This Tux received his name from fastest underwater swimming penguin: Gentoo. Today I will take sample from this family, and this sample is named Sabayon.
Official download page provides links to different versions of Sabayon. Latest release with name 5.5 is available with KDE, GNOME, E17, LXDE and XFCE desktop environments, as well as in ServerBase and SpinBase variants. Unfortunately KDE and GNOME versions both weight too much for CD or 1Gb USB stick which I have. That's why my choice was made for Sabayon XFCE version.
Sabayon is officially supported by Unetbootin utility. I successfully "burned" ISO image to USB stick. I also tried dd command option later, but it did not work with Sabayon 5.5.
USB stick is ready and plugged into USB port. Reboot. Choose to boot from USB. Let's go!
Booting and first impression
Once booted, I faced XFCE 4.8 desktop. It has small dock at the bottom and taskbar panel at the top.
Desktop itself is full of icons. Other than expected links to /home and Sabayon installation program, it is full of links to existing partitions of local hard disk. Links are there, but they do not work! Click on them and you see... error messages about missing authorisations. What is the point of these links? That is beyond my understanding so far. As you can understand, noone local partition is mounted automatically. If you need to access data there, feel free to do manual mounting in terminal: command mount is still there. I successfully managed to mount NTFS partition from there. Honestly, I have not tried to mount ext3 partitions with my exiting systems, but I do not expect any problem there.
|Sabayon XFCE desktop|
There are several desktop wallpapers included, but almost all of them are variations of XFCE logo (mouse) in different backgrounds. There is not much variety I'd say.Unfortunately, I have not found screenshot utility in Sabayon XFCE, that's why I place screenshot from official page.
Keyboard configurationNext step for me was to configure keyboard layouts. Default one is English (US), and I changed it to English (UK) and Russian. Layouts can be added in Applications Menu - Setting - Keyboard. There are 2 objects with this name actually: with and without icon. The one with icon does not work, but menu object without icon works OK. Layouts can be added easily, but you cannot change order of existing layouts. If you want to re-arrange order, you need to delete and then add again.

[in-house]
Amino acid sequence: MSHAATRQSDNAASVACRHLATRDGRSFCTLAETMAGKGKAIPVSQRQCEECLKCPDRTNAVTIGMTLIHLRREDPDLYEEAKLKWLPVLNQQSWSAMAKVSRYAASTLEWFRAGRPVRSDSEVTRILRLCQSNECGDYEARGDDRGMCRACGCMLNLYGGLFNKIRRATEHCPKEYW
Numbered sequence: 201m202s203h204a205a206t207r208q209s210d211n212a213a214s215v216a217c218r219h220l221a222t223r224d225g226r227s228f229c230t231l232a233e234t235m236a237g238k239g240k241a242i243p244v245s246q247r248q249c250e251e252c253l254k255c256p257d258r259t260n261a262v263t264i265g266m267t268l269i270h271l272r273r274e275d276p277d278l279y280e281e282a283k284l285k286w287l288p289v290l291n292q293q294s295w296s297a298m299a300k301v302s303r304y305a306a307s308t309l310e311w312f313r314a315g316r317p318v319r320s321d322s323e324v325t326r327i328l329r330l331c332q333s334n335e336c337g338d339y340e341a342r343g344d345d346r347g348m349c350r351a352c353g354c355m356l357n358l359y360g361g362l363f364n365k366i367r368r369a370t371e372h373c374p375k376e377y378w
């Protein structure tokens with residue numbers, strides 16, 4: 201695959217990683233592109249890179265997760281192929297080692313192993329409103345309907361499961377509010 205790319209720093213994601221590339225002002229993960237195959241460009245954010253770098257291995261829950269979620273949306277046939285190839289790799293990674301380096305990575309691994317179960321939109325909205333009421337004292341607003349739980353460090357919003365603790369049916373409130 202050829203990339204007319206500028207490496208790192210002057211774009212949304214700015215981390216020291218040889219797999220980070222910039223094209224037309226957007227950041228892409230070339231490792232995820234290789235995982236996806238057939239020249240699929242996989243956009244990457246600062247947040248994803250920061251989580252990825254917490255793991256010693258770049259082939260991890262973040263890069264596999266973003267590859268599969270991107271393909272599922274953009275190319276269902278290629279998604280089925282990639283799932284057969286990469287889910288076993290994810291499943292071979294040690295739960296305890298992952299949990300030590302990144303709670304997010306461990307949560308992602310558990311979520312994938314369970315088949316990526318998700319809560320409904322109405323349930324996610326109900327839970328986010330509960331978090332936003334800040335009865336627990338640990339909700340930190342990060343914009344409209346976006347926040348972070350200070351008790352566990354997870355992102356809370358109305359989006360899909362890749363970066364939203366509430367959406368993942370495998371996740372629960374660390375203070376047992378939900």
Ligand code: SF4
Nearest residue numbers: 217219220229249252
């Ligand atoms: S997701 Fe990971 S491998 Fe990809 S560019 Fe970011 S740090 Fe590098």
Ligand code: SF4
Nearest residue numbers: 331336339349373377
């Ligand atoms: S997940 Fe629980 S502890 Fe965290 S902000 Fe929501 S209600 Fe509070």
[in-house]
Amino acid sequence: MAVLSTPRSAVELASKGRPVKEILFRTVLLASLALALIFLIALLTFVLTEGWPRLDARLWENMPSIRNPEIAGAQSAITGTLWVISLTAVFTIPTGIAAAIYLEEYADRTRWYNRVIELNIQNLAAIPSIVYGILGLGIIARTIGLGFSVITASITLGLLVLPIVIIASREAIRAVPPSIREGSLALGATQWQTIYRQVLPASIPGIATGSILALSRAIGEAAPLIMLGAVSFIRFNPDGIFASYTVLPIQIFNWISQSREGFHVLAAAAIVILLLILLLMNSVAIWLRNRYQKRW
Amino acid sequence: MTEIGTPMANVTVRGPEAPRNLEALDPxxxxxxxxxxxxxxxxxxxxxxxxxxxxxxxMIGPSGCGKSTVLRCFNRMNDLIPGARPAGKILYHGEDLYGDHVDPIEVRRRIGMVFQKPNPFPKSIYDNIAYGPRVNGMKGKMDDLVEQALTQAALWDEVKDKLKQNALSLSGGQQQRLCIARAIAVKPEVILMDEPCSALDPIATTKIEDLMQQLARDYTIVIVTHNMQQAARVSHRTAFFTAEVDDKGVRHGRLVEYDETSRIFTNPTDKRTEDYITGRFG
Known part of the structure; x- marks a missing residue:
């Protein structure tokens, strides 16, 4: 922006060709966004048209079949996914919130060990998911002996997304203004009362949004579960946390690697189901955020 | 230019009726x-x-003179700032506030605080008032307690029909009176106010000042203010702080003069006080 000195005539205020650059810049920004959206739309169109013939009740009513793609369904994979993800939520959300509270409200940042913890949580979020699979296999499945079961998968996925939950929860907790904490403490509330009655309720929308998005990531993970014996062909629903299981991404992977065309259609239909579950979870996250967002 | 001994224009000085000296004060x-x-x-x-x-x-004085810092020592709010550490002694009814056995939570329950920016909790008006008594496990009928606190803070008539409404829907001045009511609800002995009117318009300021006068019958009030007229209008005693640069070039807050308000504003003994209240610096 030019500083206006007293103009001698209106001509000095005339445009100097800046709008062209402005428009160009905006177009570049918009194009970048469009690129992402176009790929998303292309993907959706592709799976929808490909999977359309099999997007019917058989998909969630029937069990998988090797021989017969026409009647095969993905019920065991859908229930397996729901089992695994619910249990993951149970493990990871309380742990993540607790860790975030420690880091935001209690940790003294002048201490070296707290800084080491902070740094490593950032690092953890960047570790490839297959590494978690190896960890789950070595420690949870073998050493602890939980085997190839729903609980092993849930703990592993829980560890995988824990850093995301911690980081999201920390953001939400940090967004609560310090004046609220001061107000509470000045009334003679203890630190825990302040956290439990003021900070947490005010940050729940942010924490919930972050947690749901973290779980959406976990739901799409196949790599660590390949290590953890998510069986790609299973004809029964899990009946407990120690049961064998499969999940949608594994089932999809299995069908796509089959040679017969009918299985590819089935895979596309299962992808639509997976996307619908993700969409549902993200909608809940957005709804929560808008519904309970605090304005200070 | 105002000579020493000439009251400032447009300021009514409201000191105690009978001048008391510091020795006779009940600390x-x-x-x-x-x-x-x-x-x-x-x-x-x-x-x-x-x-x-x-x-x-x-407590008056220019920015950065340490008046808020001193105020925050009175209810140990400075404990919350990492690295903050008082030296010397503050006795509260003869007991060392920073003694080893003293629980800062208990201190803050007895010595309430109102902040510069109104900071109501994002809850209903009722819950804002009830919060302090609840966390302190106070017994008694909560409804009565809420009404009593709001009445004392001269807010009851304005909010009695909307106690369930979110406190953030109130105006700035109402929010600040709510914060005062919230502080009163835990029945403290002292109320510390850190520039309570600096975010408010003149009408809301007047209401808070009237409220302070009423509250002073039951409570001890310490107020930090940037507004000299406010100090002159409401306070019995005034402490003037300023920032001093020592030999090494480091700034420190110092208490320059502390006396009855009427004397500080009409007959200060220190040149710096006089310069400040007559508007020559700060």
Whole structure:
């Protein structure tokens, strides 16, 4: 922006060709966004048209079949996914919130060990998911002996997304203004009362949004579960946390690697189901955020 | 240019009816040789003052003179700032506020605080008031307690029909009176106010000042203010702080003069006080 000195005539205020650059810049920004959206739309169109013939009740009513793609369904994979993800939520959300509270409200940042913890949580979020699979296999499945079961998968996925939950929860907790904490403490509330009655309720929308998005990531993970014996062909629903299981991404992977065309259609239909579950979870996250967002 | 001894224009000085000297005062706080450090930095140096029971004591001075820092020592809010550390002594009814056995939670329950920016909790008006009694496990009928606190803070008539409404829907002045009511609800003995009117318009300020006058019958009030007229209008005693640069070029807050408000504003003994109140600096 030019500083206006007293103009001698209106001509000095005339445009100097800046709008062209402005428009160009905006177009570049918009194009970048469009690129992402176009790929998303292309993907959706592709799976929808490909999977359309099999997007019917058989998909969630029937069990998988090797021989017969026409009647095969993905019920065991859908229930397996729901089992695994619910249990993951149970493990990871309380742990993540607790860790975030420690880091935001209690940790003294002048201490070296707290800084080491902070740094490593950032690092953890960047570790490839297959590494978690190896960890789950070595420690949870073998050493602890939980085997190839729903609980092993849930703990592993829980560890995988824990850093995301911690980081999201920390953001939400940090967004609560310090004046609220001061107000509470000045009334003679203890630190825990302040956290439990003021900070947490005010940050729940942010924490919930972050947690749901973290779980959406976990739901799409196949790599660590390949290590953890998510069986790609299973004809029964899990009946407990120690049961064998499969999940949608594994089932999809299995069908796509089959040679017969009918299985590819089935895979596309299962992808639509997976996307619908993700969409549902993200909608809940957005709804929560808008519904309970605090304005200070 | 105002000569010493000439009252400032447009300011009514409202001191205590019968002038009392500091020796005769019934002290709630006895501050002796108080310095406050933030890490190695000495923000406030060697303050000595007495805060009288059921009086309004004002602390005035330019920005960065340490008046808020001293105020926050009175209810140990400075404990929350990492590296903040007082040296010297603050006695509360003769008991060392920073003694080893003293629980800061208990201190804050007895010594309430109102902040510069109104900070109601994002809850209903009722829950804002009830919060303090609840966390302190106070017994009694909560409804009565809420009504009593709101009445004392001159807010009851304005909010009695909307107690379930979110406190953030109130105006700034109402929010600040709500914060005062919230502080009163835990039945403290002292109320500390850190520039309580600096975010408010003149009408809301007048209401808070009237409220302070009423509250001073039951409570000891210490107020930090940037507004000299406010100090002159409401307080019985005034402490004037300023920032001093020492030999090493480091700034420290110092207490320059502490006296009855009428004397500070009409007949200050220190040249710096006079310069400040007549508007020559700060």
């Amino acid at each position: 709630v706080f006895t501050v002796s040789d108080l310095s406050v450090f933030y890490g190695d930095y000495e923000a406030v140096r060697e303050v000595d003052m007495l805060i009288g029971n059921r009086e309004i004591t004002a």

Unfortunately, I found no way to enable keyboard layout indicator on the panel. Method which I used in Linux Mint XFCE did not work in Sabayon.
What is in the box?Set of applications available in Sabayon linux is very limited. I think this is inheritance of whole family. Gentoo Linux was founded as distribution with minimal set of applications shipped as standard.
Sabayon XFCE uses Thunar as file manager. It is default file manager for XFCE desktop environment.Midori is default browser. You know, this browser is very minimalistic one, and does not support many modern features popular in the Internet. Other than Midori, XChat IRC is the only Internet application available out of the box.
Abiword is sole representative of office applications (not counting Leafpad)
There is no multimedia player in Sabayon. Multimedia applications only include Mixer and Xfburn.
Ristretto Photo Viewer is the only application in Graphics.
Of course, there are some standard system applications and utilities like terminal, partitions editor etc.